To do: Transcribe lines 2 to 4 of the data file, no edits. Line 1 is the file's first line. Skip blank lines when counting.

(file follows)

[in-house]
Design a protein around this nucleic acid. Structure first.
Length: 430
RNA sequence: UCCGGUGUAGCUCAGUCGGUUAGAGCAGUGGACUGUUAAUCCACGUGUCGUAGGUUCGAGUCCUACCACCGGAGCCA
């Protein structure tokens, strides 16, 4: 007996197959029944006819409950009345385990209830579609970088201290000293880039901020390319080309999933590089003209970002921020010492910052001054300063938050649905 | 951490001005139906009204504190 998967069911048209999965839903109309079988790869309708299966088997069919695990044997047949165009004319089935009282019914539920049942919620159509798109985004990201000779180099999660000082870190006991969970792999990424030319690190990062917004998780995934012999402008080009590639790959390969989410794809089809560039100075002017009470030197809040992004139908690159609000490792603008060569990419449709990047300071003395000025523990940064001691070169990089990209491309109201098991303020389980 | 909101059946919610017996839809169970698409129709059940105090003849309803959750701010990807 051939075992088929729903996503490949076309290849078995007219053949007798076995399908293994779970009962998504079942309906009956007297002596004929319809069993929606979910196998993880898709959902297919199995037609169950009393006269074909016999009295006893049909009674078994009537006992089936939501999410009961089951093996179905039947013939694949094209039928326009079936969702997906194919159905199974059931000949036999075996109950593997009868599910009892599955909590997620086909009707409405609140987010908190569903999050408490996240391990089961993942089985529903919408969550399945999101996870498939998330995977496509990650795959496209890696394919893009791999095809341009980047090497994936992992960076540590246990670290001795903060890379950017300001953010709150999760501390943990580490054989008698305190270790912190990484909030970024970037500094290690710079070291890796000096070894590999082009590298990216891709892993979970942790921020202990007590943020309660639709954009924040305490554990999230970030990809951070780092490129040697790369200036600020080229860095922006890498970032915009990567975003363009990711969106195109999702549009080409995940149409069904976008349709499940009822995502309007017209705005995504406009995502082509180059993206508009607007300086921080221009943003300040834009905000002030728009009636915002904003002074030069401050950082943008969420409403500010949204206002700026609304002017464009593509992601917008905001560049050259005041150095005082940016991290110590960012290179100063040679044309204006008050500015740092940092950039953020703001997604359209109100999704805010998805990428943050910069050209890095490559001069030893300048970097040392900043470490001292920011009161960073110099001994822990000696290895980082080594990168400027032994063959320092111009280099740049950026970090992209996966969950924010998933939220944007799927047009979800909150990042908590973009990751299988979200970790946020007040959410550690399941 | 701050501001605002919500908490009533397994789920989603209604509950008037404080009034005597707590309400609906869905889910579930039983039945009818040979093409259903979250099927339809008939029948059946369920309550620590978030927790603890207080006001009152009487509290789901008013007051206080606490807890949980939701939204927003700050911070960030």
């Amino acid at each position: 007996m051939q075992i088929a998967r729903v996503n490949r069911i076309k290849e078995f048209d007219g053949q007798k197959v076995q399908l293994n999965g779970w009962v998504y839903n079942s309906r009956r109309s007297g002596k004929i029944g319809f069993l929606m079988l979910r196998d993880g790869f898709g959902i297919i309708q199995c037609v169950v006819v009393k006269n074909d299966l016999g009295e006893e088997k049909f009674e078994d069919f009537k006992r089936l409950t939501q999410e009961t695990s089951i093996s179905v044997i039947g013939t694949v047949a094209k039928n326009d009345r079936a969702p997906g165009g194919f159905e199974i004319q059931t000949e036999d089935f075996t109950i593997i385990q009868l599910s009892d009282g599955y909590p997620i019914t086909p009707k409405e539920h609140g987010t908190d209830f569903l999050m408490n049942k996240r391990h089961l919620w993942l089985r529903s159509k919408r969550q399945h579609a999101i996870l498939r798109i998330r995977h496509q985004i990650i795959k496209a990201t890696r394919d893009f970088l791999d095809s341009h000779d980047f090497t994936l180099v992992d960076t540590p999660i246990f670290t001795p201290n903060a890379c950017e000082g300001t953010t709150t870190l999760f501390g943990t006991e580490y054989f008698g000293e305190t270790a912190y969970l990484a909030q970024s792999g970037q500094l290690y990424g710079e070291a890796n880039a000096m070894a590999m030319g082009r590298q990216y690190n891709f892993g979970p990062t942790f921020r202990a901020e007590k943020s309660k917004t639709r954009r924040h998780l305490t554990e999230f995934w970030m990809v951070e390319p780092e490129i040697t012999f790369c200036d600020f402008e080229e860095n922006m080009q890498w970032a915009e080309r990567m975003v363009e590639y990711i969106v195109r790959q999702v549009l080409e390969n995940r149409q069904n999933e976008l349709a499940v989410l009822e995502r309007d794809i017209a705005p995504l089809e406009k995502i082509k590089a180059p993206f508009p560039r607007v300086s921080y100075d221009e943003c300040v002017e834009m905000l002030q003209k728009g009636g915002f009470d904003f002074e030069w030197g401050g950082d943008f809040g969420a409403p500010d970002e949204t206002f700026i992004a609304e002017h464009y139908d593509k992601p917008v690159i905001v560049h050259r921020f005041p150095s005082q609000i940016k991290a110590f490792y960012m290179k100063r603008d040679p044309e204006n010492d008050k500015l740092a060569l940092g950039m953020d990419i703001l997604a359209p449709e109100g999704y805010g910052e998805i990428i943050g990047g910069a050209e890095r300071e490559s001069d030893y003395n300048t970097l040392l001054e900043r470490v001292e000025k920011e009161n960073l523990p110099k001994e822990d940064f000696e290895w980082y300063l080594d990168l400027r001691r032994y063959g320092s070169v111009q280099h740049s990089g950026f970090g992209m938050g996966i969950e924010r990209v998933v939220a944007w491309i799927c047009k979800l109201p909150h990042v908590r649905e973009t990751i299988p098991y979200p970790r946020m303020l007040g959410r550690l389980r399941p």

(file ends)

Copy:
Design a protein around this nucleic acid. Structure first.
Length: 430
RNA sequence: UCCGGUGUAGCUCAGUCGGUUAGAGCAGUGGACUGUUAAUCCACGUGUCGUAGGUUCGAGUCCUACCACCGGAGCCA